With the diagnosis established, the oncologist recommended a “watch and wait” approach, holding off chemotherapy for a time when the disease worsened. DK then sought a second opinion at Memorial Sloan-Kettering, where the slides were reviewed and the diagnosis confirmed. The Memorial oncologist suggested two options, the conservative, no immediate treatment approach, or a course of aggressive chemotherapy.
DK then met with a third oncologist, a lymphoma specialist at New York Hospital, who recommended no treatment initially, but that the scans be repeated in October 1999 to assess disease status.
DK, with a long interest in alternative medicine, knew about my work and decided to consult with me. When we first met in June 1999, she had obvious cervical adenopathy. Thereafter, she followed her nutritional regimen initially with great determination and good compliance. Follow-up CT scans in March 2000, when she had been on her therapy only nine months, showed substantial improvement. The report for the CT scan of the neck states:
Appearance of regression in intraparotid nodes on the right.
The CT of the chest showed:
Interval complete regression in adenopathy. There is no evidence for active lymphoma.
The CT scan of the abdomen indicated:
Interval virtually complete regression in adenopathy. There is no evidence of active lymphoma.
The CT scan of the pelvis revealed:
Interval complete regression in adenopathy. There is no evidence for active lymphoma.
As DK continued her nutritional therapy, she experienced a gradual improvement in her overall energy and well being. When in mid 2001 she went through a period of severe personal and professional stress, her compliance with therapy fell off somewhat. On exam, I could see clearly that the neck disease had worsened. CT scans in October 2001, 19 months after the documented disease regression, showed little change in the chest, abdomen and pelvis, but increased “pathological adenopathy in the right neck.” After I lectured her about the need for diligent compliance, for a time she seemed more determined, but the stress continued unabated and her compliance varied. At times, she might have been doing 50% of the therapy and a CT of the neck scan in January 2002 revealed continued progression in the adenopathy. The report of the abdominal and pelvic CT scans describes:
Mixed behavior of nodes with periaortic nodes slightly less prominent and hyperplastic nodes in the small bowel mesentery more prominent… Interval appearance of focal splenic lesions.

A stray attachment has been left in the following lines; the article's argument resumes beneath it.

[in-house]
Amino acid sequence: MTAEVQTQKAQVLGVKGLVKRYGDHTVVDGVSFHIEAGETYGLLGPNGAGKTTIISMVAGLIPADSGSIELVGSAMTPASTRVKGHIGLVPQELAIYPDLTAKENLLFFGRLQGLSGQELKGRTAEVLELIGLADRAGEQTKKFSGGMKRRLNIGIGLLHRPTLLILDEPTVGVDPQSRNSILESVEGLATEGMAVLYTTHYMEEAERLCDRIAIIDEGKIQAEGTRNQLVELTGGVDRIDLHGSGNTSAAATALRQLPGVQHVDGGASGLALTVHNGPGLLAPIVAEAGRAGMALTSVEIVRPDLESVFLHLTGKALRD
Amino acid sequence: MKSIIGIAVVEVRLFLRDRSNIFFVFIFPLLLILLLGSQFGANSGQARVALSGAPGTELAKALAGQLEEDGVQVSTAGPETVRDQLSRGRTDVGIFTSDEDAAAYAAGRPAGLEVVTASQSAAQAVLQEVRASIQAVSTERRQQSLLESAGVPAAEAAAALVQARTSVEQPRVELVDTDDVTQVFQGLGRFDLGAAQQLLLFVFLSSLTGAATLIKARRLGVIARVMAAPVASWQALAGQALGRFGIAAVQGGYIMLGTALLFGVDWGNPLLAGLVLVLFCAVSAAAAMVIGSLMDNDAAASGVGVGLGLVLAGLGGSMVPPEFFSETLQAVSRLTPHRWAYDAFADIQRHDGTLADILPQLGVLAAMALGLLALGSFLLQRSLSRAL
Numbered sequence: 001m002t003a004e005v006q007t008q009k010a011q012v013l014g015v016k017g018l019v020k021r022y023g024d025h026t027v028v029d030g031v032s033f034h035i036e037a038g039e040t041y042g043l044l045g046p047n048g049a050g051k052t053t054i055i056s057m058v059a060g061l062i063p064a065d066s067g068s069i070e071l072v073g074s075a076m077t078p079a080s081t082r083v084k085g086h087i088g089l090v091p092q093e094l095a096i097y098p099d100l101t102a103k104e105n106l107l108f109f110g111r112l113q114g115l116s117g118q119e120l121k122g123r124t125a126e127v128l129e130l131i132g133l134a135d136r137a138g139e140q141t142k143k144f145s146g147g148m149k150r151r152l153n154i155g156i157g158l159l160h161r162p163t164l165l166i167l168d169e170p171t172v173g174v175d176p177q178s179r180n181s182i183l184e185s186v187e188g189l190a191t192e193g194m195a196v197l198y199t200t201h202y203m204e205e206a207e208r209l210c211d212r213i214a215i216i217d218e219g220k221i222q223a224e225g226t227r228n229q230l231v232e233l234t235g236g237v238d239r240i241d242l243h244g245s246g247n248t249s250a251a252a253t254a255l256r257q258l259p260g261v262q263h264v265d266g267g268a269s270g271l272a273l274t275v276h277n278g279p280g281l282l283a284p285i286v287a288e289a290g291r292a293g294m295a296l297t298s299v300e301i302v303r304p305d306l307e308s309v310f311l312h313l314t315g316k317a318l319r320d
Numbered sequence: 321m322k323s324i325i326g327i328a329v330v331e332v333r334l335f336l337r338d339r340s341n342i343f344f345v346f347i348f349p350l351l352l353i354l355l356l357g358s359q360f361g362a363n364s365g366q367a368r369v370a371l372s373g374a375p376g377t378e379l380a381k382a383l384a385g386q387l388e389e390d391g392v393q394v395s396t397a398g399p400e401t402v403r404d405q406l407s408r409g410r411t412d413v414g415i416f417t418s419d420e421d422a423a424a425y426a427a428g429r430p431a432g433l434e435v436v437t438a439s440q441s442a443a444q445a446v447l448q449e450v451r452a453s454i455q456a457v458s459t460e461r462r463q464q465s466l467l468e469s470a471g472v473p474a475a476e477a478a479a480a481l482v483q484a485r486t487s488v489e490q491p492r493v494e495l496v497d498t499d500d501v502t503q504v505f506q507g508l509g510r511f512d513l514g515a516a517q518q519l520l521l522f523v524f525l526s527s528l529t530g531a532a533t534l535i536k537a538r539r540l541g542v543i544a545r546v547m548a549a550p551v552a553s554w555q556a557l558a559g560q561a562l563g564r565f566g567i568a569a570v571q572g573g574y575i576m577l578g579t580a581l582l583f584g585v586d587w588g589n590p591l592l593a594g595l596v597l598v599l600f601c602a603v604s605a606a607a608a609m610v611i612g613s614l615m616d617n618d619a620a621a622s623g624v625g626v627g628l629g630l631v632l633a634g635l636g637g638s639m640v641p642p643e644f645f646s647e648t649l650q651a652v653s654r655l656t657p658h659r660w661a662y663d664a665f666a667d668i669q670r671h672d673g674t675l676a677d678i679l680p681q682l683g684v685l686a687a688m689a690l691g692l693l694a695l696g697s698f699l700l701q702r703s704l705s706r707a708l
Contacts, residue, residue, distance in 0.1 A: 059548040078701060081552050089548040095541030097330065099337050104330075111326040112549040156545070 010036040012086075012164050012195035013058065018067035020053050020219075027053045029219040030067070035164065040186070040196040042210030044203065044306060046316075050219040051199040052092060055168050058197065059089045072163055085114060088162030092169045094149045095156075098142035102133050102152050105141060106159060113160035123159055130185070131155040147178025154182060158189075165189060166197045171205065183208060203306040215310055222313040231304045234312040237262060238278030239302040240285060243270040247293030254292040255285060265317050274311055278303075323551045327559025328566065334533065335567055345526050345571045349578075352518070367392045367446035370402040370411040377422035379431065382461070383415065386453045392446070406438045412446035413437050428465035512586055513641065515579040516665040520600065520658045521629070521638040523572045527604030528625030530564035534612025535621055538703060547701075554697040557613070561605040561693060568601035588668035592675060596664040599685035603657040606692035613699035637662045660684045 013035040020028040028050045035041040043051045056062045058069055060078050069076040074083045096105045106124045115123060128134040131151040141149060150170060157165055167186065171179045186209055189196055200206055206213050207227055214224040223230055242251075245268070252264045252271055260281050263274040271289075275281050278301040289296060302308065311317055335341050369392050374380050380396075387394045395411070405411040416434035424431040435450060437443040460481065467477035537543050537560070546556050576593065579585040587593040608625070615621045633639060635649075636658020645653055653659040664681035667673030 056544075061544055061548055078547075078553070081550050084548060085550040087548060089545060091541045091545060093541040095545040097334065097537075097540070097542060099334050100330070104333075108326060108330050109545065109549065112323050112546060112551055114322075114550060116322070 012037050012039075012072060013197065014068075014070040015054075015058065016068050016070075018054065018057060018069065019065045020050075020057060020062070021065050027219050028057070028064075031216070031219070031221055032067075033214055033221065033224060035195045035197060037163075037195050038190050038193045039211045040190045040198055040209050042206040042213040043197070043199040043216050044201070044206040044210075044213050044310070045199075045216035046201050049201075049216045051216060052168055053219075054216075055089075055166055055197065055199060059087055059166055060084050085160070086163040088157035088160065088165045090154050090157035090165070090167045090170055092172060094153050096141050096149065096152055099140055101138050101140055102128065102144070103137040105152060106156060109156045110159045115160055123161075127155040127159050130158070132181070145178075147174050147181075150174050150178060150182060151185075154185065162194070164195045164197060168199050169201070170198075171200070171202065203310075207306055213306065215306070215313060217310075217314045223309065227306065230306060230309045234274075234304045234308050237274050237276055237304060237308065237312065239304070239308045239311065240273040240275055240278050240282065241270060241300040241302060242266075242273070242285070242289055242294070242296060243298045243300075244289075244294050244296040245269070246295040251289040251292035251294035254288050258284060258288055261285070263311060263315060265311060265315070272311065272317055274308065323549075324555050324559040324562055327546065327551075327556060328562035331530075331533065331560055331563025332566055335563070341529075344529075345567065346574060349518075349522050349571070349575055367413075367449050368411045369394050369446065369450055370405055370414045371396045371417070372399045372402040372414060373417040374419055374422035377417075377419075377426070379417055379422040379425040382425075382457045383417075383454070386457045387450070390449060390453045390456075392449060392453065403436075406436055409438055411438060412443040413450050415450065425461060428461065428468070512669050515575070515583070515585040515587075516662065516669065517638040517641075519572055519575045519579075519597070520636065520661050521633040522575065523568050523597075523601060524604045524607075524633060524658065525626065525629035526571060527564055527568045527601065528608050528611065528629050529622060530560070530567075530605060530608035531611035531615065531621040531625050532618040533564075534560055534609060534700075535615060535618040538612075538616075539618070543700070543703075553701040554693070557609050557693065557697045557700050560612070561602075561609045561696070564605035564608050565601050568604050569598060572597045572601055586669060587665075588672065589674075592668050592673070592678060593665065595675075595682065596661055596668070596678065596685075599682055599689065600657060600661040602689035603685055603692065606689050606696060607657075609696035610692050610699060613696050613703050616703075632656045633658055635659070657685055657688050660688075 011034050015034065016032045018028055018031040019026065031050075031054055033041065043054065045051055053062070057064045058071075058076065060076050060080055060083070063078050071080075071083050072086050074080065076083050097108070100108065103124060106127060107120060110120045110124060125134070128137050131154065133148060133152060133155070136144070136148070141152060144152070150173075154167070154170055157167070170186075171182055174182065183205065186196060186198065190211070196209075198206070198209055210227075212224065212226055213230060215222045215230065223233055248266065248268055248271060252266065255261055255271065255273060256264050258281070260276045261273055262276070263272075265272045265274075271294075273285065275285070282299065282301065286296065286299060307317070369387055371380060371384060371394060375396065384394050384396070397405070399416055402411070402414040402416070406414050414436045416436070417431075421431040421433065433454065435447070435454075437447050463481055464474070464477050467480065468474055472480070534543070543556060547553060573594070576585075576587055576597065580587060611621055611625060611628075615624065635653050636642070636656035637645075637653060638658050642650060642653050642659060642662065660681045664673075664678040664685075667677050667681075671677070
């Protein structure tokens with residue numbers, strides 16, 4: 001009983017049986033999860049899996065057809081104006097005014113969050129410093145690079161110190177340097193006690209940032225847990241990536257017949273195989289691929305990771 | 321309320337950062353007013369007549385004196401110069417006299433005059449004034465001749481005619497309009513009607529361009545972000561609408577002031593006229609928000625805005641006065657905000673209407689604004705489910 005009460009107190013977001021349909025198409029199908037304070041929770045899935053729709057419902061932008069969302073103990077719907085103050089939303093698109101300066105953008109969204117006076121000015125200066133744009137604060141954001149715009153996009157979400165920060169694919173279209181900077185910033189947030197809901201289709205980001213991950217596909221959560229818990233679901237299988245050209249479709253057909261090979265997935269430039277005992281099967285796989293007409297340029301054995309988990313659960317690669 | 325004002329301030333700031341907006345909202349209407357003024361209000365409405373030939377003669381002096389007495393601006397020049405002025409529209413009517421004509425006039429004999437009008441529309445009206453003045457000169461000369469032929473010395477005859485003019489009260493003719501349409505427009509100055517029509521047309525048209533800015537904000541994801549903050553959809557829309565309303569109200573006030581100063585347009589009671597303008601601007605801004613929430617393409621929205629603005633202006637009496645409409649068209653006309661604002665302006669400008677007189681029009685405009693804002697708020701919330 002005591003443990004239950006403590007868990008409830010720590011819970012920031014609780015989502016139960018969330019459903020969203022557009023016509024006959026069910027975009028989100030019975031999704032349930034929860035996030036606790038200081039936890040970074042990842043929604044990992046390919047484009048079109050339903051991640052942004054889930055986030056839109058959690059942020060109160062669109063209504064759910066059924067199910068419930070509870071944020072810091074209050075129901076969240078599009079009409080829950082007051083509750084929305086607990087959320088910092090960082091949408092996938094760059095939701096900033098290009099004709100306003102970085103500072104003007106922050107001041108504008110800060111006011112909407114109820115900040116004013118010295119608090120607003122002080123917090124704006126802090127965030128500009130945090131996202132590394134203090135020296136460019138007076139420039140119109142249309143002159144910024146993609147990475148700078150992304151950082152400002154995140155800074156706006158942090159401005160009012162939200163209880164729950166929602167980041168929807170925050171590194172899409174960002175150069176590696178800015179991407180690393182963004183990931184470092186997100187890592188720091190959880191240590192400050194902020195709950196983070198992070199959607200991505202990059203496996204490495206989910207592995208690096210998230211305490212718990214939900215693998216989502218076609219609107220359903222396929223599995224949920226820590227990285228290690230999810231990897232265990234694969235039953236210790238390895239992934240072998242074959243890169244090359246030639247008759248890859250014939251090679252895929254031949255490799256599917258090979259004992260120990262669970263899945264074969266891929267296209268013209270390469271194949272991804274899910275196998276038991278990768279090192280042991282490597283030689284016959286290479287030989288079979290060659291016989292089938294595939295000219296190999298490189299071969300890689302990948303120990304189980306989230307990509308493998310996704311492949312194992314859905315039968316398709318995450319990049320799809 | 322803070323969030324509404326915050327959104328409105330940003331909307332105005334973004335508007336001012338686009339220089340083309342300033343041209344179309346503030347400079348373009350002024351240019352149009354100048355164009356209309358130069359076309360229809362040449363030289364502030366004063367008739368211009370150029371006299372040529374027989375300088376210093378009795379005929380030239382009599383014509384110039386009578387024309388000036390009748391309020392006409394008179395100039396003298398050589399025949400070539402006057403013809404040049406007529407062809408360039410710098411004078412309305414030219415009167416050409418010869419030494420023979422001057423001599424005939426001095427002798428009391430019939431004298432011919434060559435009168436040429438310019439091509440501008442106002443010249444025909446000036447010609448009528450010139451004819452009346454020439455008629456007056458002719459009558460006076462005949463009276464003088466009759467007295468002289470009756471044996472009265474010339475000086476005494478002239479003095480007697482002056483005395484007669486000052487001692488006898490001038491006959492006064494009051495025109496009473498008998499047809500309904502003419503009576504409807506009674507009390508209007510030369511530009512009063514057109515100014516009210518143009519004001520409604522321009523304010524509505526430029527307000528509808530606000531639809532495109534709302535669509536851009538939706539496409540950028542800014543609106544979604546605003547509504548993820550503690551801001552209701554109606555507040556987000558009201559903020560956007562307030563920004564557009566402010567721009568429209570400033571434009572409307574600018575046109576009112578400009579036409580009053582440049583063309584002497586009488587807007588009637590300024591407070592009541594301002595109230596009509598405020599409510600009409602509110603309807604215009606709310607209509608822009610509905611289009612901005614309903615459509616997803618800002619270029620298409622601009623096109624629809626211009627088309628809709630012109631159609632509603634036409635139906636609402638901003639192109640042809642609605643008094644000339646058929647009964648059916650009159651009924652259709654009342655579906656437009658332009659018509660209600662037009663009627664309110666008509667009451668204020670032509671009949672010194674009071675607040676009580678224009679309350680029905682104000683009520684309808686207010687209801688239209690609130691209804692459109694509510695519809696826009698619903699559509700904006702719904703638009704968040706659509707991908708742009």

This time, we talked about the need for complete compliance with all aspects of the regimen, regardless of the difficulties in her life. Fortunately, her oncologist did not insist that chemotherapy begin at once, since she had previously responded so well to my treatment. DK renewed her dedication to the regimen, with repeat CT scans in January 2003 confirming the benefit. The neck CT showed “Substantial decrease in the extensive adenopathy in the right neck.” The abdominal CT scan indicated:
Interval disappearance of small splenic lesions and slight decrease in sight of spleen… No pathologic adenopathy is seen in the abdomen or pelvis.
Thereafter, she followed the therapy as prescribed, and continued doing well. A neck CT in March 2004 revealed:
Complete regression in pathologic and borderline sized neck nodes.
The CT scans of the abdomen and pelvis were completely clear, as the official report describes:
There is no other interval change and no evidence for active lymphoma in abdomen and pelvis.
Unfortunately, her stress level subsequently increased markedly and after a long-term relationship dissolved, for a number of months she went off her program completely. Her energy worsened, her sleep became disturbed. Predictably, a CT scan of the neck in February 2006 showed “New and progressive adenopathy along the right jugular chain and posterior triangle.” CT scans of the chest, abdomen and pelvis showed recurrent disease.
She is now again on her program, determined once again to get well, and clinically the enlarged neck nodes are regressing. She feels stronger, more energetic, more positive.